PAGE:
Sputnik: How did you arrive in Italy? Why did you decide to leave your country?
Eltjon Bida: In 1995, I set out by boat from my hometown of Fier; I was 17 at that time. On the one hand, I was driven by a desire to know Italy, but on the other hand, I wanted to have a better life. In Albania, I didn't have a future.
At that time, even those who were university graduates went to graze the cows if they were lucky. The country was poverty-stricken; there was no work and no money; what we had were continuous disorders. Small bands appeared that could stop you in the middle of the road; they would rob you, and sometimes they even stab you or shoot at you.
The other reason I decided to leave Albania was my health condition. If I had been operated on in Albania, maybe I would have found myself with a single kidney. Unfortunately, at that time, the Albanian health service was disastrous.
About a month after I arrived in Italy, the family that welcomed me (I still keep in touch with them) helped me and made sure that I was admitted to a hospital in Pescara. It was there that I underwent a successful surgery, and today I am in perfect shape.
Sputnik: What do you remember of those hours spent on the boat at sea? Were you afraid of that risky adventure?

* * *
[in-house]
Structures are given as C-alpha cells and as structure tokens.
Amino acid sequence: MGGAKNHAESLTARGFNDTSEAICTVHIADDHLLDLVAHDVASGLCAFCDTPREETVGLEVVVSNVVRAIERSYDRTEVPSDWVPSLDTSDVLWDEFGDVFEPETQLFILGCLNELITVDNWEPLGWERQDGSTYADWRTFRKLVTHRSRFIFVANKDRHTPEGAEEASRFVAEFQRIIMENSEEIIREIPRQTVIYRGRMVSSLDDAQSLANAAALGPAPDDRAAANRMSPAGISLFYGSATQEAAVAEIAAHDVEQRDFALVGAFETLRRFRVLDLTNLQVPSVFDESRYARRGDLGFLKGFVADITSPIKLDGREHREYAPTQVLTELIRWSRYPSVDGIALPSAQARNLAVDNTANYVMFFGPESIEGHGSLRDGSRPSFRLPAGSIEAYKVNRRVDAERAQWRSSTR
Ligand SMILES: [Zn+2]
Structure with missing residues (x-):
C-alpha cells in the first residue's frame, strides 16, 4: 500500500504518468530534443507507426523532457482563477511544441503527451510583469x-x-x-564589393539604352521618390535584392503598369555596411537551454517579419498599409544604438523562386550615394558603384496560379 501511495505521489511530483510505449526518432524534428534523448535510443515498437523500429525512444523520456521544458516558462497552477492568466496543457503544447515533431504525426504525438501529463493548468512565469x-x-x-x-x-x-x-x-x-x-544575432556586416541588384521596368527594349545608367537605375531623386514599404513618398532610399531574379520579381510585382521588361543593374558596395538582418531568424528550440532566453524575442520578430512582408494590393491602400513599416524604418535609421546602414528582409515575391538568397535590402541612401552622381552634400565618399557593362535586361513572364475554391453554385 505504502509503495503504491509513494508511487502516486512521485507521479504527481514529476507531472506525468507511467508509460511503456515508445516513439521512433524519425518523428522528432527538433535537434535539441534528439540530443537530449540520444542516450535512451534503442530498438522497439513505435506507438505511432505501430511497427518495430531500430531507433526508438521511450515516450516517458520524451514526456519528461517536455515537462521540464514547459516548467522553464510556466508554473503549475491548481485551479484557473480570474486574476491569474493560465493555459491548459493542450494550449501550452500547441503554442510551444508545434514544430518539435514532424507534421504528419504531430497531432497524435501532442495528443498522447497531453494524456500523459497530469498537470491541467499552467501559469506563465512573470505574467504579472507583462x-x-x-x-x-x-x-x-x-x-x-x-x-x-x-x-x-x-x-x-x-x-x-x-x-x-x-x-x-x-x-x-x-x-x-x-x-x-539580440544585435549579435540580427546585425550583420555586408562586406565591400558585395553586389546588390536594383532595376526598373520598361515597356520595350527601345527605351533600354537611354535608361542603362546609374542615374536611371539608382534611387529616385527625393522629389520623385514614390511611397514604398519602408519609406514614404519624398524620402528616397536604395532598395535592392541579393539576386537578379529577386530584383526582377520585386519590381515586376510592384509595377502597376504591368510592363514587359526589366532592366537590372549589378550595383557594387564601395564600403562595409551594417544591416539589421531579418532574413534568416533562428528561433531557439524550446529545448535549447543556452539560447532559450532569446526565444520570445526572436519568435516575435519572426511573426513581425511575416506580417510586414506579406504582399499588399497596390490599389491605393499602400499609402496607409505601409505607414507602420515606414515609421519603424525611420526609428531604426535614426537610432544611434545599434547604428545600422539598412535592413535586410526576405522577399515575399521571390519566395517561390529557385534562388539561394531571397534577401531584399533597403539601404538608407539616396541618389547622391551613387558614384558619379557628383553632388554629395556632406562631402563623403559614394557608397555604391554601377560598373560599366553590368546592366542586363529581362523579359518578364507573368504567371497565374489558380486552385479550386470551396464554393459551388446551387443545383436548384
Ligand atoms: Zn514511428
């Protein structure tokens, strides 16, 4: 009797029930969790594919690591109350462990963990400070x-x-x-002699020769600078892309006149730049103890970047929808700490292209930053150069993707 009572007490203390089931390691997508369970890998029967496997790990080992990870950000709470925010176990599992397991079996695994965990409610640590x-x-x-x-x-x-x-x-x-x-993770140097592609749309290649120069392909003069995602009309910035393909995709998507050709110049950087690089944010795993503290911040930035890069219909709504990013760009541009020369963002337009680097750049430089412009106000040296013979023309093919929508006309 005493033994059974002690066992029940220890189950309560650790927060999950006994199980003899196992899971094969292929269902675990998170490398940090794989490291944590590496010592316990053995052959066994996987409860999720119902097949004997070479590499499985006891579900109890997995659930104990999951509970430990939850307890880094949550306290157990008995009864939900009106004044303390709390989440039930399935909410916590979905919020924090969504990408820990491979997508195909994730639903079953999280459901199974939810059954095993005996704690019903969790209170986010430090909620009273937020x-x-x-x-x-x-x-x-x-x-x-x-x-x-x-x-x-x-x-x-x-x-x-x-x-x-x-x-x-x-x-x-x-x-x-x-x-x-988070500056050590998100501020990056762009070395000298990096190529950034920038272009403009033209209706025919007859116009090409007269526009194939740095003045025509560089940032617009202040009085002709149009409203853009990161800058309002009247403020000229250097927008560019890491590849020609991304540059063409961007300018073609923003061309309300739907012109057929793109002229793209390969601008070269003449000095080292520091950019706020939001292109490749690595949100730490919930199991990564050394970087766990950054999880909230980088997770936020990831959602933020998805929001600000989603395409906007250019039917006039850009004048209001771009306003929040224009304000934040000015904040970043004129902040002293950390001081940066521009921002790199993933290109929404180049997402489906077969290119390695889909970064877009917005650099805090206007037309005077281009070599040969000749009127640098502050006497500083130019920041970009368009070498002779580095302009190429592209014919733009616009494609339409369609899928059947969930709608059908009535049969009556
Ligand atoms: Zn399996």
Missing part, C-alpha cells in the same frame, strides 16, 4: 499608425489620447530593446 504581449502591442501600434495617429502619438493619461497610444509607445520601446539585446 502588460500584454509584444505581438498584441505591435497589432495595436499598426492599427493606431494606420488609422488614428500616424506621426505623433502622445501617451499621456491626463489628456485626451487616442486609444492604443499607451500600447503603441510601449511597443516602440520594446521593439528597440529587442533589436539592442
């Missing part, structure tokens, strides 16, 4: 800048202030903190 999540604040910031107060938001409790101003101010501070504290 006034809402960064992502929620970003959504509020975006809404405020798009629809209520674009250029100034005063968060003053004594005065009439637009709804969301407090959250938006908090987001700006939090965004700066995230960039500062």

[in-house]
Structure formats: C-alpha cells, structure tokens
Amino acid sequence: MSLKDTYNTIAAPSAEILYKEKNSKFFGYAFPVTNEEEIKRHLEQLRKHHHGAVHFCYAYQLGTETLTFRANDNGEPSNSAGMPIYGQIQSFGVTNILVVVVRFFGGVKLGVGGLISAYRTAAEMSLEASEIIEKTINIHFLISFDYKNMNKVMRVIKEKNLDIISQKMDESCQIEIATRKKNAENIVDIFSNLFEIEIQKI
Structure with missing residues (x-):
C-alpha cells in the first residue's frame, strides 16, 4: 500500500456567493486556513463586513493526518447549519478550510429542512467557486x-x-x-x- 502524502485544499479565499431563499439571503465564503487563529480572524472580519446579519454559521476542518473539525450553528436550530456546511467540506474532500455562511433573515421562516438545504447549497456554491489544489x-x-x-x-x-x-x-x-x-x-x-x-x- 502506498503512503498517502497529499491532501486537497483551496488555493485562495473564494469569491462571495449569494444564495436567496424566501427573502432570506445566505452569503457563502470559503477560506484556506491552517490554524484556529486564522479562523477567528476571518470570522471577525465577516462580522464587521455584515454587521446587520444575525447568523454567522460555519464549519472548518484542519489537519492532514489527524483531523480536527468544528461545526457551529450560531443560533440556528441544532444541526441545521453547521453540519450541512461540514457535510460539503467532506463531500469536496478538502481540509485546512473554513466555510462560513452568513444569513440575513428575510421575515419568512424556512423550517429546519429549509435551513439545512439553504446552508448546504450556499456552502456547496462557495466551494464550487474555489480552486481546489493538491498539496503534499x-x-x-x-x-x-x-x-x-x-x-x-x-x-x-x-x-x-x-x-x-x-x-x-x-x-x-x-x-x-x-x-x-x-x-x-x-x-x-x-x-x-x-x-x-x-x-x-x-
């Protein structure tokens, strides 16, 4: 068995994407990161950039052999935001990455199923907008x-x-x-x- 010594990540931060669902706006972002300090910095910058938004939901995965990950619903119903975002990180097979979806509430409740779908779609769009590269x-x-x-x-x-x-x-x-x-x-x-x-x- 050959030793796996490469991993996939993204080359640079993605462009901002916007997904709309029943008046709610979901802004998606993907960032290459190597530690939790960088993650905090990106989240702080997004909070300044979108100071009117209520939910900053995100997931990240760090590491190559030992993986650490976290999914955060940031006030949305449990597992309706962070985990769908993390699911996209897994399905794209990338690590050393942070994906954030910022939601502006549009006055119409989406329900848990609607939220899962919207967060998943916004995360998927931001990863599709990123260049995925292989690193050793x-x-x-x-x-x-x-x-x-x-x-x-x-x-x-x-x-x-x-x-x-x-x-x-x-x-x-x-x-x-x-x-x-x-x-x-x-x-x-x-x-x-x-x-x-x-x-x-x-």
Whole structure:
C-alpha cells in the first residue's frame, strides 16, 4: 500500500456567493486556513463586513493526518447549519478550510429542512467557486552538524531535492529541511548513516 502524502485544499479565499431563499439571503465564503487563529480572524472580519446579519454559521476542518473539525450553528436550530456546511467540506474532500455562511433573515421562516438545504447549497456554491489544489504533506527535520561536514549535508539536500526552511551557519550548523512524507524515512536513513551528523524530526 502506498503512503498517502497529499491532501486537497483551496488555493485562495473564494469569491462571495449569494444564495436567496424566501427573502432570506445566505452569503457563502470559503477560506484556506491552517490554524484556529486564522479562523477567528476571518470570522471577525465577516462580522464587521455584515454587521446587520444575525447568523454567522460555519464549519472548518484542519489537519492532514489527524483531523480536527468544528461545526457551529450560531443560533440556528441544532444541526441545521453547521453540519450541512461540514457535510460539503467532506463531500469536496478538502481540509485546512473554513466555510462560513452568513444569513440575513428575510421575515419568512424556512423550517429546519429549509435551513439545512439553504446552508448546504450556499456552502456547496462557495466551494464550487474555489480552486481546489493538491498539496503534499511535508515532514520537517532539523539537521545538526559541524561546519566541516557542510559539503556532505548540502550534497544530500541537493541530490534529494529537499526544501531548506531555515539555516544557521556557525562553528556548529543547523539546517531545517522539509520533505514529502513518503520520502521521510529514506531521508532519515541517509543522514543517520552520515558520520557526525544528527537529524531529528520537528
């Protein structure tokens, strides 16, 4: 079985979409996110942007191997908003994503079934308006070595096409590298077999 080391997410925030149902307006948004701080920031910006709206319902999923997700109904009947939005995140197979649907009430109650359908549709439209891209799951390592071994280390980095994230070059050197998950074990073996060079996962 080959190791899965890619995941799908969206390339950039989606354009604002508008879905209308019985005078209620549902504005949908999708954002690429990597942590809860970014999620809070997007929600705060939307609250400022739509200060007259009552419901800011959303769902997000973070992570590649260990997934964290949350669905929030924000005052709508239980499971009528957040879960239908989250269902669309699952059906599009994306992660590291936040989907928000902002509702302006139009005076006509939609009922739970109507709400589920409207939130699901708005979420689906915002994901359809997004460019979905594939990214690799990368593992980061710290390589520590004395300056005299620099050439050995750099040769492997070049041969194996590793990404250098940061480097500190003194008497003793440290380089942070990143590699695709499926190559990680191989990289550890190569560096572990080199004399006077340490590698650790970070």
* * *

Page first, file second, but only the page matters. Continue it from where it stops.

Eltjon Bida: I didn’t want to leave with a dinghy. I knew how risky it was. Just before my departure, my two cousins had died in an attempt to reach Italy by boat.
So I first tried to get to Italy by ship using fake documents, but I was discovered and repatriated. I remember that I was with my father and told him I wasn't going to go back to our small town in Albania. At that point, the only option for me was to cross the sea on a dinghy. I went alone.
There were 26 of us on a six-seat dinghy. When I saw the size of that boat, I was terrified and my two cousins swallowed by the sea came to my mind. We didn't hear from them anymore, but at the time it was said that some smugglers had killed them. Having noticed the boat was taking on water, they decided to lighten it by killing my cousins and throwing them into the sea.
When you’re on a boat like that one, your heart beats much-much faster: both because of fear and impatience to reach the dreamed country. I remember the waves that were coming at us, the terrified faces of my companions, the cold wind, the icy hands. I remember when, about a hundred meters from the shore, the smugglers told us to get into the water because they couldn’t get any closer.
Perhaps the most vivid memory is the moment when in the middle of the sea the smuggler shut off the engine because some ship was passing by and we risked being noticed. As soon as the engine stopped, a two-year-old girl who had fallen asleep woke up and started crying. The smuggler said that if they didn't calm her down, he would throw her into the sea.